By Jim McKinniss

Phil Stern – Hollywood Big Shots show at Fahey/Klein

Posted in Uncategorized by Jim McKinniss on January 16, 2014

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Photo copyright by Phil Stern.

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Photo copyright by Phil Stern.

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Photo copyright by Phil Stern.

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Photo copyright by Phil Stern.

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Photo copyright by Phil Stern.

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Photo copyright by Phil Stern.

 

The Fahey/Klein Gallery is pleased to present an exhibition of large-scale photographs from legendary photojournalist and Hollywood photographer, Phil Stern. An intimate chronicler of Hollywood and the Jazz scene, Phil Stern’s iconic photographs and remarkable 75-year career convey an extraordinary access and mutual trust between the photographer and his luminous subjects. Phil Stern pioneered a behind-the-scene approach to documenting Hollywood that contributed to an entire era’s visual vocabulary of cool and still feels undeniably authentic today.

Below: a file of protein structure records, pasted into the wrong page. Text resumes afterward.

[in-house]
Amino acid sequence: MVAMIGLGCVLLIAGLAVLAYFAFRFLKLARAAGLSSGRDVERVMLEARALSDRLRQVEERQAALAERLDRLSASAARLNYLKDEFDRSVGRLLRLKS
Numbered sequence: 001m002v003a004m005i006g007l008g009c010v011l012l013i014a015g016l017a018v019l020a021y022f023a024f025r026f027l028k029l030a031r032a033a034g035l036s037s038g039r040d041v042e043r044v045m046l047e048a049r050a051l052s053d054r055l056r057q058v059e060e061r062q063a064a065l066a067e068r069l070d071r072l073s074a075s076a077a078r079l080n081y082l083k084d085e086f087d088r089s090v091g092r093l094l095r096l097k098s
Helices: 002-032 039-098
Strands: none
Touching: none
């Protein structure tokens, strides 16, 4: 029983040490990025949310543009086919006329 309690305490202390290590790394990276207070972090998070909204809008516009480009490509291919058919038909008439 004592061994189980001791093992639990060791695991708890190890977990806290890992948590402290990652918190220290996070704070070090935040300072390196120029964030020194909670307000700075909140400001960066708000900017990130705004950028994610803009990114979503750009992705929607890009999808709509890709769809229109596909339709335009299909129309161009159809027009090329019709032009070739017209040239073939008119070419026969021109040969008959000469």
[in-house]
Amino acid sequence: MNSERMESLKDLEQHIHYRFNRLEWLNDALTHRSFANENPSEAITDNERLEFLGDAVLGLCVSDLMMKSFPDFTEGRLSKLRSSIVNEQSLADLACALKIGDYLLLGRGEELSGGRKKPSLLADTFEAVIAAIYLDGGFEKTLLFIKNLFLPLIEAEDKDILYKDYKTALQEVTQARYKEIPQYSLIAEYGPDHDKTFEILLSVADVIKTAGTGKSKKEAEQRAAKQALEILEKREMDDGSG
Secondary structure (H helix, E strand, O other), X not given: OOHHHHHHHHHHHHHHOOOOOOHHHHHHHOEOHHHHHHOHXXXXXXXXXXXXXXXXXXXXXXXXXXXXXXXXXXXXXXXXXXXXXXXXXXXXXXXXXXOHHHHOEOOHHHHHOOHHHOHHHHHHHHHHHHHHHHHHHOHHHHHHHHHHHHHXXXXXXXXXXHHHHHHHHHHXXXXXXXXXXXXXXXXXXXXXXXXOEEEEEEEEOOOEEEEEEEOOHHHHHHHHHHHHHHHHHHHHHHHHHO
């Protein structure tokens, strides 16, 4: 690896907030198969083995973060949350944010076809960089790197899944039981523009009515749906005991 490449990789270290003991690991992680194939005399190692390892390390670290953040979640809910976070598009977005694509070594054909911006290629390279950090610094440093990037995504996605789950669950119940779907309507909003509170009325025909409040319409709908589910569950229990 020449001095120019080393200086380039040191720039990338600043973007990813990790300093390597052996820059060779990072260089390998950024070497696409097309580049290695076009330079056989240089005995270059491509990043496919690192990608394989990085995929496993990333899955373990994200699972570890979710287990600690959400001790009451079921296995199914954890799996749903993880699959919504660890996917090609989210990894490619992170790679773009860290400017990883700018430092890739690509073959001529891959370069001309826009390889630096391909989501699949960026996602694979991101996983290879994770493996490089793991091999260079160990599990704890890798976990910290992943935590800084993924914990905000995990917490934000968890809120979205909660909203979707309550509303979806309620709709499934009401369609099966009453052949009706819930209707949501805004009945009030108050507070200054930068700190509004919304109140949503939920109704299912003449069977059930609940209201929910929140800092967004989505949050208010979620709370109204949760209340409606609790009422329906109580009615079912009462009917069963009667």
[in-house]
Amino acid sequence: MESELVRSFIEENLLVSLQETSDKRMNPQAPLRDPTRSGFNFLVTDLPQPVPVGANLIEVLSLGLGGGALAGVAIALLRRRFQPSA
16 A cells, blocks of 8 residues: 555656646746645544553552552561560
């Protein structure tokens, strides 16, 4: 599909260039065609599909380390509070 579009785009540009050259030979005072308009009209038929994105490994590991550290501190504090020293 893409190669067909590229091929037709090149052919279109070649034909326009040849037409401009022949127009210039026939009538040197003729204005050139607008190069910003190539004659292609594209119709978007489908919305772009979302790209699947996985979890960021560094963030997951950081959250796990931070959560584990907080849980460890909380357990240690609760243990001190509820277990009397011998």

Phil Stern’s career in photography began early on, as a high school student growing up in New York, Stern swept floors in a Canal Street photo studio while working nights taking pictures for the notoriously noir Police Gazette. Phil Stern enlisted in the Army in 1942, and joined the ranks of the elite “Darby’s Rangers” as a combat photographer. Stern was well known among his war colleagues for putting  himself front and center as he documented battles in North Africa and Sicily. The credit stamp “Photo by PHIL STERN”, which ran alongside his images in the armed forces newspaper Stars and Stripes, became synonymous with a truly genuine image taken under fire by a daring young photographer. Wounded in action, at the Battle of El Guettar, in Tunisia, Phil Stern was awarded a Purple Heart. After returning home to Los Angeles, he was assigned to cover the homecoming of Darby’s Rangers for LIFE magazine, which helped usher in his second career, as a Hollywood documentary photographer. Phil Stern began working for LookLIFE, and Collier’s to chronicle what would become a shared American history.